Most existing literature on emergency medicine has been brought forth from high income countries. In contrast, 70% of the population exists in low and middle income countries; hence, it is an urgent need of the hour to conduct scientifically sound well-designed study in emergency medicine with a focus on drug utilization in our country. At our institute emergency medicine as a specialty branch was recognized by Medical Council of India in 2010. Hence, this prospective cross-sectional study was undertaken with the objectives to evaluate the drug use pattern and the direct cost of treatment in patients admitted to the emergency ward for initial 48 h of hospitalization.

Materials and Methods

A prospective cross-sectional study was carried out over a period of 2 months in the emergency medicine department of our institute after obtaining approval by Institutional Review Board. All patients irrespective of age, diagnosis admitted to emergency medicine department were included in the study. Written informed consent from the patient/ legal guardian was obtained prior to conduct of the study. Patients who were very critical in the clinician’s opinion were excluded from the study. Demographic data such as patient initials, age, gender, occupation were recorded. Presenting complaints, provisional diagnosis, complete prescription and investigations were recorded in case record form for the first 48 h. Patient admitted in the emergency department of our institute were transferred to their respective specialty after 48 h of initial stabilization. Hence, data was collected for the first 48 h.

The direct cost incurred by the patient was estimated by the cost of the drug therapy, cost of investigations and days of hospital stay in the emergency ward for the first 48 h. The direct cost was calculated using hospital bills and patient’s pharmacy bills. The cost of the drugs whose pharmacy bills were inaccessible was calculated using the Indian drug review compendium-2012. [11] Confidentiality of all the patient’s data was maintained.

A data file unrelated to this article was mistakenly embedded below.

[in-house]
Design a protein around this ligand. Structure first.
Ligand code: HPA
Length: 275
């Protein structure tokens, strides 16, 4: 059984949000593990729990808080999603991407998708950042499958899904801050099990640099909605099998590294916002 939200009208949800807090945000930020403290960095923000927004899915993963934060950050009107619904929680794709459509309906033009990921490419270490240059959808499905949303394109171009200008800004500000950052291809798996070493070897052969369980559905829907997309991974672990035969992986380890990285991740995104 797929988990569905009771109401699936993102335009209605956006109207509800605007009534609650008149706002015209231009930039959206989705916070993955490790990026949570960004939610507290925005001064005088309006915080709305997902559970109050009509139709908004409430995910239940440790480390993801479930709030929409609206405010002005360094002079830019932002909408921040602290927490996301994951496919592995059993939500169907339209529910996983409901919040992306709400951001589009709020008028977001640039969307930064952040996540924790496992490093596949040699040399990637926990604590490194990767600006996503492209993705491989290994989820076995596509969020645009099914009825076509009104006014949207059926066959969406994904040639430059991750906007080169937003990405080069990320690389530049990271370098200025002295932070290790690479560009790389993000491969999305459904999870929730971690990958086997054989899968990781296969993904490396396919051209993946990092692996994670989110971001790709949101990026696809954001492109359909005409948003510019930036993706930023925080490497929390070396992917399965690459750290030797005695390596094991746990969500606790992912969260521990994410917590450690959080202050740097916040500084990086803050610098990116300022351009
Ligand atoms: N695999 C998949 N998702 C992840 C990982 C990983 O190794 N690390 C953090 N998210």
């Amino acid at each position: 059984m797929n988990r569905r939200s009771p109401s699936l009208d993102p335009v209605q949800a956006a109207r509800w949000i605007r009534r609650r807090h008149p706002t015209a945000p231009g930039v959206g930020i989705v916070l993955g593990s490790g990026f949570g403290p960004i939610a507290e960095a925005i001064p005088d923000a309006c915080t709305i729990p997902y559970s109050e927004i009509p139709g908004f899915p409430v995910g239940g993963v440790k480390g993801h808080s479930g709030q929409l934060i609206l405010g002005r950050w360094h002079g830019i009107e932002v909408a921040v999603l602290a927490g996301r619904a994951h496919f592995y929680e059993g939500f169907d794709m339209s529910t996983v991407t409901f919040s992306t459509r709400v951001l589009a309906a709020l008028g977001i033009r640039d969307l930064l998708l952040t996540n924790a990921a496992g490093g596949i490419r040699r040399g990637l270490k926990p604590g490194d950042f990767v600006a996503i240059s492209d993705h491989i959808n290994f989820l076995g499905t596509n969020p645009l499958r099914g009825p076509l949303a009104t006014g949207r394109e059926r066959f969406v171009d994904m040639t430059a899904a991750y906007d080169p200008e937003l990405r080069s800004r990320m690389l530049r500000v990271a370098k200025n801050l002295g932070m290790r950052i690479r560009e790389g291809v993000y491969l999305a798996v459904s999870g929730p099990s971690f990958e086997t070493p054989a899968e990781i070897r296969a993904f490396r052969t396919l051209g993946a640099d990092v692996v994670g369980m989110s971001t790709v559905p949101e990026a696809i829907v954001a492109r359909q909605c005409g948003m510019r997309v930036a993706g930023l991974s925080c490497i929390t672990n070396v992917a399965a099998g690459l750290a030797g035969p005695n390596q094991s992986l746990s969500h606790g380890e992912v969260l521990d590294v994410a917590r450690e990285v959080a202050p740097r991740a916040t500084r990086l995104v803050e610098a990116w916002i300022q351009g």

Statistical analyses

Data was analyzed by using Microsoft excel 2010®, Microsoft Corporation Pvt. Ltd, USA.


In this study, prescriptions of 156 patients admitted in the emergency medicine department were collected for first 48 h and analysed. Majority 37 (23.71%) of patients presenting to emergency medicine department were 61-70 years of age followed by 30 (19.23%) patients with 51-60 years of age group. Male:Female ratio was 1.9:1.

Most common morbidity was cardiovascular disease comprising 62 cases out of 156 followed by central nervous system disorders comprising of 28 cases [Table 1]. Amongst cardiovascular diseases (n = 62), acute coronary syndrome (ACS) was the most common diagnosis consisting about 35 (56%) followed by congestive heart failure 11 (17%) [Figure 1].

Diseases   No. of patients (%) No. of drugs/prescription (mean±SD) Drug cost/prescription (र) (mean±SD) Total cost/treatment (र) (mean±SD) Cost of drugs as % of the total cost
CVS disorders 62 (39.7) 11.56±2.20 1943±1656 3712±1563 52.34
CNS disorders 28 (18.0) 8.89±2.27 2315±1861 4725±1676 48.99
Respiratory 23 (14.7) 9.22±2.76 2018±1281 3883±1690 51.97
Metabolic 11 (7.1) 9.27±2.55 1514±1161 3710±1669 40.80
Renal 09 (5.8) 10.22±2.90 2740±1429 4931±1818 55.56
Others 23 (14.7) 10.78±2.62 1836±1774 3345±1430 54.88
Total 156 9.99±2.55 2061±1527 4051±1641 50.87

Table 1: Morbidity pattern, number of drugs and treatment cost in emergency medicine department (n=156)


Figure 1: Morbidity pattern of cardiovascular emergencies (n = 62)

Drug use pattern